Chinese contractor given monthly targets
- Gautam Buddha Int’l Airport Project
Oct 12, 2017-The Chinese contractor for the Gautam Buddha Airport expansion project has been asked to achieve 6 percent physical progress every month, project officials told the parliamentary Public Accounts Committee (PAC) on Wednesday.
The monthly target has been designed to accomplish 80 percent physical progress by June 2018. Bedevilled by delays and disputes, the project to upgrade Bhairahawa airport into an international airport had attracted parliamentary scrutiny due to lack of progress. The project had achieved 26 percent physical progress as of September since its launch in 2014.
The government has decided to retain Northwest Civil Aviation Airport Construction Group, which at one time faced expulsion for poor performance, as the contractor since it has started showing satisfactory results. The Chinese company has also installed a new management to expedite progress.
The government had awarded the airport contract to the Chinese company in October 2014. The national pride project has been envisaged to serve the fast-rising business and industrial hub of Bhairahawa and facilitate international pilgrimage tourism to Lumbini, the birthplace of the Buddha.
Sanjiv Gautam, director general of the Civil Aviation Authority of Nepal (Caan), told PAC that the Chinese contractor had changed its management on September 16 as the previous management had failed to resolve the payment dispute with a sub-contractor.
A dispute over payments between the Chinese contractor and the Nepali sub-contractor, Northwest Infra Nepal, had stalled work at the construction site from March. The sub-contracting firm is headed by Nirvik Chitrakar (Khanal), the son of former prime minister Jhala Nath Khanal. Due to the row, work at the project had slowed to a snail’s pace, achieving not even 1 percent of the projected monthly progress in the past six months. The dispute is yet to be resolved. Gautam said that the sub-contract was ‘illegal’ and that the government had left the issue for the two parties to sort out themselves.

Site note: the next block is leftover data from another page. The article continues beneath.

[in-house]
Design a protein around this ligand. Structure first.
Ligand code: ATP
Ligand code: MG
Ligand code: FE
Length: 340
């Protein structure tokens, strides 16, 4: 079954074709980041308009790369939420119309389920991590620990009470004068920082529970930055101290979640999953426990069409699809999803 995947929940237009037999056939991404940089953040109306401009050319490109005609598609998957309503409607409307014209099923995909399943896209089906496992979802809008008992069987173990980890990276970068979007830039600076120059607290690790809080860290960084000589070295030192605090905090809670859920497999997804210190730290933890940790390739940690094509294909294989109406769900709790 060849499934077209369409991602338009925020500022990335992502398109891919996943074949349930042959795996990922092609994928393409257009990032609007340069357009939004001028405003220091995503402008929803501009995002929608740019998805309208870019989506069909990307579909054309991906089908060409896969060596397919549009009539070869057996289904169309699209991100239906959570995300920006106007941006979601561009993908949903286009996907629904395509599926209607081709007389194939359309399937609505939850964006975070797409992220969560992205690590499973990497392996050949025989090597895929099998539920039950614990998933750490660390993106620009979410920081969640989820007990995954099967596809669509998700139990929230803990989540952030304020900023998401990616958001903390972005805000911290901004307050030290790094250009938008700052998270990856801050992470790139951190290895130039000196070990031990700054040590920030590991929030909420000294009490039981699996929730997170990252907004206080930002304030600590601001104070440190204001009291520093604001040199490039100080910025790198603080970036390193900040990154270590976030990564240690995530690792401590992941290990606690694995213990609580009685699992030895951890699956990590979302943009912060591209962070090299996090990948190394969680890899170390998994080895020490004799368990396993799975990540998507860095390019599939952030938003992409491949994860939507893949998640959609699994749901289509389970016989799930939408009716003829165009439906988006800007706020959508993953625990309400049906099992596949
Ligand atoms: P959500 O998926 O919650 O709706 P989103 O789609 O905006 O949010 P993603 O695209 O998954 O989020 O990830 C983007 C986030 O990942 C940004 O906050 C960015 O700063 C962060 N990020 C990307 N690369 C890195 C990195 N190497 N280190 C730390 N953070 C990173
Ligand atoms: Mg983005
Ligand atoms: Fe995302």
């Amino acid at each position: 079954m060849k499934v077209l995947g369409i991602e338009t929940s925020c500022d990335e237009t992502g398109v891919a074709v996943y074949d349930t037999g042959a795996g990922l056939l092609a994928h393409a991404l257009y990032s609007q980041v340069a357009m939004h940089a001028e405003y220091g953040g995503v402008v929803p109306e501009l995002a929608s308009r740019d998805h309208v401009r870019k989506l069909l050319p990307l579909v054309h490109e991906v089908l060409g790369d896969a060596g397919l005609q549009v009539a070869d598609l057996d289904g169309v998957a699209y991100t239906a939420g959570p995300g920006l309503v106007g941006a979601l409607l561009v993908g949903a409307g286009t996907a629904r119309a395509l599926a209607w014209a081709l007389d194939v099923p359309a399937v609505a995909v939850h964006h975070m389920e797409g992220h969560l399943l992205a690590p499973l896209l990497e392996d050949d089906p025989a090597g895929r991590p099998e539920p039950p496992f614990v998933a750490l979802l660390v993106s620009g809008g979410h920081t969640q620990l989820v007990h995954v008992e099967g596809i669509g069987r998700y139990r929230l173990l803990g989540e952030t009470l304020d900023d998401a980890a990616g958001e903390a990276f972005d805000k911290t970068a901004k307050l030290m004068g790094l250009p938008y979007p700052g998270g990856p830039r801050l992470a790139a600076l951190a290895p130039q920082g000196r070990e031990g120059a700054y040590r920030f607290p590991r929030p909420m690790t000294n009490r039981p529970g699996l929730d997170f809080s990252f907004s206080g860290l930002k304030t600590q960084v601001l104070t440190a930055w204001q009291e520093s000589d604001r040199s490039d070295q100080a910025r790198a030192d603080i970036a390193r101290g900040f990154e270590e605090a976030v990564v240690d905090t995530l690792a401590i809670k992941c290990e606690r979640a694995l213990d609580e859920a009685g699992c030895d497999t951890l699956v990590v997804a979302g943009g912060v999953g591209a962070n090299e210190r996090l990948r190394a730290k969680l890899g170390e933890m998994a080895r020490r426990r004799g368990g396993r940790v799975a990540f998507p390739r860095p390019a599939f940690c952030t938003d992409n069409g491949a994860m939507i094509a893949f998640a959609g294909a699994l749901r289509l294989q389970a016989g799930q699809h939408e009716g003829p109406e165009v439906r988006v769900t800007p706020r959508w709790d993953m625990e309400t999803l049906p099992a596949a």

Chitrakar told the Post that they have claimed Rs320 million in dues, while the Chinese contractor has committed to pay Rs200 million. Both parties have also hired an independent arbitrator. “The arbitrator is yet to produce a report,” he said. Khanal hinted that they would be comfortable with the payment amount decided by the arbitrator.
The government had lately been contemplating firing the Chinese company due to endless delays. After issuing six ‘notice to correct’ letters to the company, the Chinese company had finally fulfilled all the requirements set by the project.
“It has increased the number of workers to more than 200 from the previous 80 workers,” Tourism Minister Jitendra Narayan Dev told the PAC meeting. “The company has also started to bring heavy equipment from the Kerung border point,” he said.
“Its commitment shows it can speed up the project,” said Dev. “We had a strong basis to fire the contractor over the delays. However, we decided to give the contractor the benefit of the doubt as terminating the contract would have created cost and time overrun risks.”
Gautam Buddha Airport was originally slated to be ready in December 2017. However, shortages of fuel and building materials due to a Tarai banda in 2015 delayed work by six months, and the deadline was pushed back to June 2018. The project hit another snag after the Chinese contractor illegally appointed a sub-contractor without informing the project executing agency. The problem further pushed back the project completion deadline to 2019.
After the first phase of the upgradation project, the airport will have a capacity to handle 600,000 passengers annually.
Relaxation in sand mining rules urged
KATHMANDU: The Gautam Buddha Airport project has urged lawmakers to help speed up work by relaxing the rules regarding extraction of river materials. Om Sharma, chief of the project, said that they would need 1 million cubic metres of soil and 300,000 cubic metres of sand for the project which are hard to get. “The government has set aside a few rivers for extracting sand and other materials, but they are not enough for the large quantities required by the project,” he said. (PR)
Published: 12-10-2017 08:48